If it is possible to reset the SMART values, how come the SMART log list can't be erased as well? It would appear that the SMART log list is stored in some kind of WORM (Write Once Read Many) memory, as opposed to the SMART values themselves.

I would like to mention that the replacement hard drive also has the low frequency grinding noise that the first hard drive had. However, in this drive, the noise isn't present all the time. Instead, the noise starts after writing a substantial amount of data to the hard drive. In my case “substantial” means 726 GB of data. So after writing 726 GB of data to the hard drive, the low frequency grinding noise was present. The noise vanished after letting the hard drive idle for about one hour. After that I initiated a secure erase which uses the drive's internal secure erase command to overwrite all of the data on the drive. Interestingly enough, after the secure erase had finished, the grinding noise was not present.

I then repeated the process: Wrote 726 GB of data to the hard drive. After that the grinding noise was present again. This time the noise vanished after letting the hard drive idle for two hours. Again I initiated a secure erase. After the secure erase had finished, the grinding noise was not present, just like after the first secure erase.

Another interesting observation was how the grinding noise affected the temperature of the idling hard drive. While the grinding noise was present, the temperature of the idling hard drive was 50 °C; without the noise present it was only 44 °C.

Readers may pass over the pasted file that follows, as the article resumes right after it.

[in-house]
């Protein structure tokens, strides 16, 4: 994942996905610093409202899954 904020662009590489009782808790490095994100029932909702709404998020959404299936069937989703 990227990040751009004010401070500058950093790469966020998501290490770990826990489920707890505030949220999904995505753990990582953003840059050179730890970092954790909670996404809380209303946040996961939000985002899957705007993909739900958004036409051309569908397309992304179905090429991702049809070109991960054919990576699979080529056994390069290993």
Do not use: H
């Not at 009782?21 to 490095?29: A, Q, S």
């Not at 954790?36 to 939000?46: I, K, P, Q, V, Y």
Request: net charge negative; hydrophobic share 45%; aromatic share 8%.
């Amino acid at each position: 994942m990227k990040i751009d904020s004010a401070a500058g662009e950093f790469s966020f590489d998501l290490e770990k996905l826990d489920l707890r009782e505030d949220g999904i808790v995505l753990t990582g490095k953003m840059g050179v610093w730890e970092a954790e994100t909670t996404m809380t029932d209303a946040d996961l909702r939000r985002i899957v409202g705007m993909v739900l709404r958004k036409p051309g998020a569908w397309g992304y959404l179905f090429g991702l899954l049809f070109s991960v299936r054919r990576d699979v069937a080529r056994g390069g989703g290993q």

If my interpretation of the SMART log list turns out to be correct, and I'm quite sure that it is, I will then have the necessary leverage from a legal standpoint to demand a refund for this used hard drive which I purchased as new.

Good grief, I purchased this hard drive because it was relatively inexpensive, but this is really turning out to be a false economy!


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 Post subject: Re: Acoustic analysis of HDD to ascertain if it's defective
 Post Posted: Sat Oct 31, 2015 3:54 pm 
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I've got a big project going on right now so unfortunately I can't respond in my usual detail, however at this point since the replacement drive also sounds the same I would say the drive sounds are normal for this model. Years ago I thought I had a problem drive as it would periodically make a clicking noise, however that turned out to be the drive performing thermal recalibration for increased accuracy and performance.

Note that interpretation of SMART values are often vendor specific, and since the drive you reference in the Amazon reviews reports virtually identical numbers I'd say you are mis-interpreting them and that the drives are not nearly 2-year old with only the power-on hours reset as you might think. However I will say that it is normal if not standard to get a refurbished drive as a replacement when sending a drive to the mfr. in under warranty.

At this point I'd use the drive as I would any other, and that means keeping it backed up if you care about the data. Scott.